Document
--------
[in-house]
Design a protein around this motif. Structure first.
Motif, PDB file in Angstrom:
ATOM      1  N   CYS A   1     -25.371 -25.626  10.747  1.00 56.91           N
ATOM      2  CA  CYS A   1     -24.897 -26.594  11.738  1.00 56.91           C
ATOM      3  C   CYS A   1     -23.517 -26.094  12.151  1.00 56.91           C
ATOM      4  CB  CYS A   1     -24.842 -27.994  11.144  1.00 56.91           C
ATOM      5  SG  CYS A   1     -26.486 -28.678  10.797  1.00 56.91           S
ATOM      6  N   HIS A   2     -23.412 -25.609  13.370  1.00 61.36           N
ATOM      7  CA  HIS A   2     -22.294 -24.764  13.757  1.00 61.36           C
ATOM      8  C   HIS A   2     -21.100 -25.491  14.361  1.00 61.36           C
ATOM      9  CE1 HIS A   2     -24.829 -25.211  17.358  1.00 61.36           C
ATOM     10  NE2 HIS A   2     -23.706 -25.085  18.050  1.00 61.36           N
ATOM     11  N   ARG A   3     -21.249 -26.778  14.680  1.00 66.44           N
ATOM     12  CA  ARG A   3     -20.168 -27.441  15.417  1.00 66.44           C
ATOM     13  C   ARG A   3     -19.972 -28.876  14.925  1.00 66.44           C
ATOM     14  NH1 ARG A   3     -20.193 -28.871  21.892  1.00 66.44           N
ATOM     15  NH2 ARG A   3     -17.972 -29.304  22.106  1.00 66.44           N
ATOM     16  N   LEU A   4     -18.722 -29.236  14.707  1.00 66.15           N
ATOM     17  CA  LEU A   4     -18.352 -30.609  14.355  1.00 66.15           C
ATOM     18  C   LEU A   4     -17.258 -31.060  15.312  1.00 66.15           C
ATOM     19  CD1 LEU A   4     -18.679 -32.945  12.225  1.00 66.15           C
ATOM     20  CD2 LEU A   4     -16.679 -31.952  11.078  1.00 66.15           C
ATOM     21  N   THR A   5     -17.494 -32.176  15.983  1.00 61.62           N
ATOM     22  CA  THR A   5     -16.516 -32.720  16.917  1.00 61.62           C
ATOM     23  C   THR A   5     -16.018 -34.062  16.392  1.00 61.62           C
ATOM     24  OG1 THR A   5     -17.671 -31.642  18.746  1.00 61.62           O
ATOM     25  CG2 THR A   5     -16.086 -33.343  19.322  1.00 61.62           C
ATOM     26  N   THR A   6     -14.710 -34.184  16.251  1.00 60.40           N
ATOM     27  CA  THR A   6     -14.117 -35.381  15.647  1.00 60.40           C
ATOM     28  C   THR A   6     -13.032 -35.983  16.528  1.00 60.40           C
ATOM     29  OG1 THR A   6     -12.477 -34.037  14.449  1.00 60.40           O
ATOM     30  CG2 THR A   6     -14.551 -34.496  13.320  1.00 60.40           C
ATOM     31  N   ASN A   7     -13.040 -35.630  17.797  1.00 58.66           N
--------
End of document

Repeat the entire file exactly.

[in-house]
Design a protein around this motif. Structure first.
Motif, PDB file in Angstrom:
ATOM      1  N   CYS A   1     -25.371 -25.626  10.747  1.00 56.91           N
ATOM      2  CA  CYS A   1     -24.897 -26.594  11.738  1.00 56.91           C
ATOM      3  C   CYS A   1     -23.517 -26.094  12.151  1.00 56.91           C
ATOM      4  CB  CYS A   1     -24.842 -27.994  11.144  1.00 56.91           C
ATOM      5  SG  CYS A   1     -26.486 -28.678  10.797  1.00 56.91           S
ATOM      6  N   HIS A   2     -23.412 -25.609  13.370  1.00 61.36           N
ATOM      7  CA  HIS A   2     -22.294 -24.764  13.757  1.00 61.36           C
ATOM      8  C   HIS A   2     -21.100 -25.491  14.361  1.00 61.36           C
ATOM      9  CE1 HIS A   2     -24.829 -25.211  17.358  1.00 61.36           C
ATOM     10  NE2 HIS A   2     -23.706 -25.085  18.050  1.00 61.36           N
ATOM     11  N   ARG A   3     -21.249 -26.778  14.680  1.00 66.44           N
ATOM     12  CA  ARG A   3     -20.168 -27.441  15.417  1.00 66.44           C
ATOM     13  C   ARG A   3     -19.972 -28.876  14.925  1.00 66.44           C
ATOM     14  NH1 ARG A   3     -20.193 -28.871  21.892  1.00 66.44           N
ATOM     15  NH2 ARG A   3     -17.972 -29.304  22.106  1.00 66.44           N
ATOM     16  N   LEU A   4     -18.722 -29.236  14.707  1.00 66.15           N
ATOM     17  CA  LEU A   4     -18.352 -30.609  14.355  1.00 66.15           C
ATOM     18  C   LEU A   4     -17.258 -31.060  15.312  1.00 66.15           C
ATOM     19  CD1 LEU A   4     -18.679 -32.945  12.225  1.00 66.15           C
ATOM     20  CD2 LEU A   4     -16.679 -31.952  11.078  1.00 66.15           C
ATOM     21  N   THR A   5     -17.494 -32.176  15.983  1.00 61.62           N
ATOM     22  CA  THR A   5     -16.516 -32.720  16.917  1.00 61.62           C
ATOM     23  C   THR A   5     -16.018 -34.062  16.392  1.00 61.62           C
ATOM     24  OG1 THR A   5     -17.671 -31.642  18.746  1.00 61.62           O
ATOM     25  CG2 THR A   5     -16.086 -33.343  19.322  1.00 61.62           C
ATOM     26  N   THR A   6     -14.710 -34.184  16.251  1.00 60.40           N
ATOM     27  CA  THR A   6     -14.117 -35.381  15.647  1.00 60.40           C
ATOM     28  C   THR A   6     -13.032 -35.983  16.528  1.00 60.40           C
ATOM     29  OG1 THR A   6     -12.477 -34.037  14.449  1.00 60.40           O
ATOM     30  CG2 THR A   6     -14.551 -34.496  13.320  1.00 60.40           C
ATOM     31  N   ASN A   7     -13.040 -35.630  17.797  1.00 58.66           N